For the majority of Christian denominations, the Holy Spirit is the third Person of the Holy Trinity—Father, Son, and Holy Spirit, and is Almighty God. The Holy Spirit is understood to be one of the three persons of the Trinity. As such he is personal and also fully God, co-equal and co-eternal with God the Father and Son of God. He is different from the Father and the Son in that he proceeds from the Father (and, according to Roman Catholics, Old Catholics, Anglicans, and Protestants, from the Father and the Son) as described in the Nicene Creed. The Triune God is thus manifested as three Persons (Greek hypostases), in One Divine Being (Greek: Ousia), called the Godhead (from Old English: Godhood), the Divine Essence of God.
In the New Testament, by the power of the Holy Spirit Jesus was conceived in the womb of the Virgin Mary, while maintaining her virginity. The Holy Spirit descended over Jesus in a corporeal way, as a dove, at the time of his baptism, and a voice from Heaven was heard: "This is my beloved Son with whom I am well pleased." He is the Sanctifier of souls, the Helper, Comforter, the Giver of graces, he who leads souls to the Father and the Son.
The Holy Spirit is credited with inspiring believers and allowing for them to interpret all the sacred scripture and leads prophets, both in Old Testament and New Testament. Christians receive the Fruits of the Holy Spirit by means of his mercy and grace.
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The belief in the Holy Trinity among many Christians includes the concept of God the Holy Spirit, along with God the Son and God the Father. Theologian Vladimir Lossky has argued that while in the act of the Incarnation, God the Son became manifest as the Son of God, the same did not take place for God the Holy Spirit which remained unrevealed. Yet, as in 1 Corinthians 6:19 God the Spirit continues to dwell in bodies of the faithful.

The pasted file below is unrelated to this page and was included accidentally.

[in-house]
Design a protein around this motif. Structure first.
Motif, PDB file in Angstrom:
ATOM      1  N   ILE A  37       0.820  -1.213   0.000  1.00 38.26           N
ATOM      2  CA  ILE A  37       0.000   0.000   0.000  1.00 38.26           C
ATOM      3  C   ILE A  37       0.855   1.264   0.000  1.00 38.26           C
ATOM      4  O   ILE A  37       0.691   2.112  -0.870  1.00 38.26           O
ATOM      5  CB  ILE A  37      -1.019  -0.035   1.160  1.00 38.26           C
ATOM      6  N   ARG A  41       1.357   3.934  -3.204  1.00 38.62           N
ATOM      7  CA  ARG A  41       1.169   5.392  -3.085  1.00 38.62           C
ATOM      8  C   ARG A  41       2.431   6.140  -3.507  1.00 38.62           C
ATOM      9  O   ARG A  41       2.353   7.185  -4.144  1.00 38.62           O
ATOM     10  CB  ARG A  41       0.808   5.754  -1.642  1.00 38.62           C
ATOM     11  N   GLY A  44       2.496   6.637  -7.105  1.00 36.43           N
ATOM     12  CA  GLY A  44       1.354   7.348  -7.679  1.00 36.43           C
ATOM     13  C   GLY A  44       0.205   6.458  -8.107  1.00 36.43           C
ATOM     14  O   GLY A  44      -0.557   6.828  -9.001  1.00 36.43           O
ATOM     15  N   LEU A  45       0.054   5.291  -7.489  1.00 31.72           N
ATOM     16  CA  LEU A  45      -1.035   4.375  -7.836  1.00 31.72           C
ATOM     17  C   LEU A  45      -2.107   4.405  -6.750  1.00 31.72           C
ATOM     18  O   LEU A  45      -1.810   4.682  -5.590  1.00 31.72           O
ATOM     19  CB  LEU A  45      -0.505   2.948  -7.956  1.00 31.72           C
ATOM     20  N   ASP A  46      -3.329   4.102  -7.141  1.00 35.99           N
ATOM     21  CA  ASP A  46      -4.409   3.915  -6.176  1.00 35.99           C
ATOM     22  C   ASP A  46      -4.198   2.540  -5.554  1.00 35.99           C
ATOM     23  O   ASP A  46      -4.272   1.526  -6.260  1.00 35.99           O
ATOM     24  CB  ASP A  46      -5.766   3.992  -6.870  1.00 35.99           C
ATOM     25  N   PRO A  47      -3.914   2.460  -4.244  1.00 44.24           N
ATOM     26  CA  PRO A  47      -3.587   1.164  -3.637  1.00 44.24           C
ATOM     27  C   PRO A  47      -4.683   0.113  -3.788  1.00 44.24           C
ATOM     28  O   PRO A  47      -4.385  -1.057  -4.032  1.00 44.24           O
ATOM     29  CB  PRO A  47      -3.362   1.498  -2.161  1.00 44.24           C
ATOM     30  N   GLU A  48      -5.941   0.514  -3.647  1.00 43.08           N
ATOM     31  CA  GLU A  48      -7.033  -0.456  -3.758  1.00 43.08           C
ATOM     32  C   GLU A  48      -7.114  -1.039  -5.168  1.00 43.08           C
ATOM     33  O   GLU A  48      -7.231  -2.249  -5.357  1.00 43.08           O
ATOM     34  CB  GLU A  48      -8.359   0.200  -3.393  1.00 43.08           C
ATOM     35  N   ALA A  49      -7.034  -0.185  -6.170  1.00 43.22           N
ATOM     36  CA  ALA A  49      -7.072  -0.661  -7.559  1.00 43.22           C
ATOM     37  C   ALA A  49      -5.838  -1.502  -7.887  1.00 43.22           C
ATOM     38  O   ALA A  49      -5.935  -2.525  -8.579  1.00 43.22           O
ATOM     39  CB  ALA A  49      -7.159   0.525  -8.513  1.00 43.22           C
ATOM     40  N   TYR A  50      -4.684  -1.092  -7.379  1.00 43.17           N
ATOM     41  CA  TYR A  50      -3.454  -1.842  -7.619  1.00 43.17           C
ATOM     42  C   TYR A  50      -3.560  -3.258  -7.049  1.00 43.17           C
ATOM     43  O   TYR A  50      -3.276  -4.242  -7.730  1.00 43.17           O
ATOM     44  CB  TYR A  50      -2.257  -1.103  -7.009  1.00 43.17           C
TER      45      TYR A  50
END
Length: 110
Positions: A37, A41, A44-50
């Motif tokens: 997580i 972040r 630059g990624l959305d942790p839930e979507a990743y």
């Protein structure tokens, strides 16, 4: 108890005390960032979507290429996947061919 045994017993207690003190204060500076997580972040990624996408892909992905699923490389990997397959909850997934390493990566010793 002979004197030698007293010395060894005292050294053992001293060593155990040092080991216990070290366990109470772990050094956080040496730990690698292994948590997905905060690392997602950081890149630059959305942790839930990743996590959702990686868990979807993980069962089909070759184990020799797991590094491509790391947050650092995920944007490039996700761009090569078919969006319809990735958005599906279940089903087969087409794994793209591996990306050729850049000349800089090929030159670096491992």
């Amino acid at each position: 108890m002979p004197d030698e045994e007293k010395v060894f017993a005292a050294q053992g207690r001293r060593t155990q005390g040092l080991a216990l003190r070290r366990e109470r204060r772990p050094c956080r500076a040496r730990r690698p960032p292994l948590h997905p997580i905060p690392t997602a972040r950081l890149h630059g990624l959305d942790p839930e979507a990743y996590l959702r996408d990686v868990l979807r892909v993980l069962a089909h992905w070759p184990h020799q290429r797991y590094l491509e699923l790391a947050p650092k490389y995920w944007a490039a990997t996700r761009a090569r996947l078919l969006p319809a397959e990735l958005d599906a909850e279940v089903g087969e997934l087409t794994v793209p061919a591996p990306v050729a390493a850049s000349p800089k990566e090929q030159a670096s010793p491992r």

In Christian theology the Holy Spirit is believed to perform specific divine functions in the life of the Christian or the church. The action of the Holy Spirit is seen as an essential part of the bringing of the person to the Christian faith. The new believer is "born again of the Spirit". The Holy Spirit enables Christian life by dwelling in the individual believers and enables them to live a righteous and faithful life. The Holy Spirit also acts as comforter or Paraclete, one who intercedes, or supports or acts as an advocate, particularly in times of trial. And he acts to convince the unredeemed person both of the sinfulness of their actions, and of their moral standing as sinners before God. Another faculty of the Holy Spirit is the inspiration and interpretation of scripture. The Holy Spirit both inspires the writing of the scriptures and interprets them to the Christian and/or church. The Holy Spirit also empowers the believers to act on Jesus' behalf today here on earth operating in signs, wonders, and miracles like Jesus did and released his disciples to do in the Gospels; Luke 10, Matthew 10, and Mark 6. John 14:12 are the words of Jesus encouraging his disciples that they can do as he did. John 14–17 you can read the words Jesus spoke regarding sending his Spirit the Holy Spirit to live in those who believe in him empowering us to carry forth his commission given in Matthew 28:18–20.